son,it’s important to realign your track frequently enough that the adjustments are not jarring
or audible.If the rhythm seems to lurch forward at your transitions,you may need more fre-
quent adjustments.

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148Chapter 9—Beyond the Beatmapper: Handling Uneven Tempos

Sometimes, the rhythm doesn’t seem to lurch forward, but there is still an audible glitch between
the two events. If your split point is in the middle of a sung phrase or big note, sometimes the
brief drop-out can be quite annoying. Additionally, ACID’s default mode is to create a quick fade
when an event ends or starts. This is to prevent clicking, which can occur if a waveform jumps in
value suddenly. The key to preventing this rough transition between events is to find a very quiet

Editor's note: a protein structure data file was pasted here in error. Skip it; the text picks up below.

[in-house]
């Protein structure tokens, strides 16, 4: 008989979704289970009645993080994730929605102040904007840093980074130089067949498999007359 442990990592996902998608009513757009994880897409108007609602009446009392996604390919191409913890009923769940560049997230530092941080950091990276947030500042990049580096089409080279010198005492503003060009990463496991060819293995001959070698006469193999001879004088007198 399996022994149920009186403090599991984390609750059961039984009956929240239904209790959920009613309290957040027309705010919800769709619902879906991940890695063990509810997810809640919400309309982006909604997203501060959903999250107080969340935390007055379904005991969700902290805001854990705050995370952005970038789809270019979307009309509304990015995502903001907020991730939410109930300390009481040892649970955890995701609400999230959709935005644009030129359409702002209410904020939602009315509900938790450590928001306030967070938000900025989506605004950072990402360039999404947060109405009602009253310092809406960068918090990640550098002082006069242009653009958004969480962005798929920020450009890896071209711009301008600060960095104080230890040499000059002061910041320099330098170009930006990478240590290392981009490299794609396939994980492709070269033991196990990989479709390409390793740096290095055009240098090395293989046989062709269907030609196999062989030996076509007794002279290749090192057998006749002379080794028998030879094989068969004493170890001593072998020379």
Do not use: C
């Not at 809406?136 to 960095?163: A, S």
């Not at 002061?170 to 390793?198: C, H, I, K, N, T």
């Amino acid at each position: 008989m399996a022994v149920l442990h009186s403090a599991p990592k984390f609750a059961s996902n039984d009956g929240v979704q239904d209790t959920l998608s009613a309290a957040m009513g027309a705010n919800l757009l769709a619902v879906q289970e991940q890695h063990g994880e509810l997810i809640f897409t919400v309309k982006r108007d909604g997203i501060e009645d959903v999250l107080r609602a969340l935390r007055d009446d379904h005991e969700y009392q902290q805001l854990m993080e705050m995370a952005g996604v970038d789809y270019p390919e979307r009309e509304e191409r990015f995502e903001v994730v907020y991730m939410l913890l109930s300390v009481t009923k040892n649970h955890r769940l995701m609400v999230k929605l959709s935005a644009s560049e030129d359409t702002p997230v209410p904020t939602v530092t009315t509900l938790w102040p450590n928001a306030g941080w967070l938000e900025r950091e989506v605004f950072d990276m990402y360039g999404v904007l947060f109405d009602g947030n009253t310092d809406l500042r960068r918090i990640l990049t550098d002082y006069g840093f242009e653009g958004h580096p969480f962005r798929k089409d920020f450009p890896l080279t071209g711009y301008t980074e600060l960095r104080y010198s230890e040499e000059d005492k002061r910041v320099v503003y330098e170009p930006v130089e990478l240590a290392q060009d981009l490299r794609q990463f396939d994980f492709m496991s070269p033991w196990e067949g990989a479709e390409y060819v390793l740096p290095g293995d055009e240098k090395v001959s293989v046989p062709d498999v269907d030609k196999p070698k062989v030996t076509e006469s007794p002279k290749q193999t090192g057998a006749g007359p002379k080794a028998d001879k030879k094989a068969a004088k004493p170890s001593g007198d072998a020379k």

place in the audio, where not so much is going on. This doesn’t mean you need to find a new
realignment point. Your new event is properly aligned; it’s just that the transition is audible. The
usual solution is to extend the edge of the second event backwards in time (using the draw tool)
until the transition occurs at a quieter and less obtrusive point.

ACID Pro 6 handles these sorts of transitions more gracefully due to its automatic crossfading
feature. However, when you’re dragging a clip to the left, the beginning of the clip is automati-
cally crossfaded from the previous clip, making the crisp attack you’ve identified fade in instead.
When this happens, simply drag the beginning of the second clip to the left to a point slightly
before the attack of the second event, and then drag the end of the first clip to the left as well,
so the crossfade is totally completed before the attack occurs.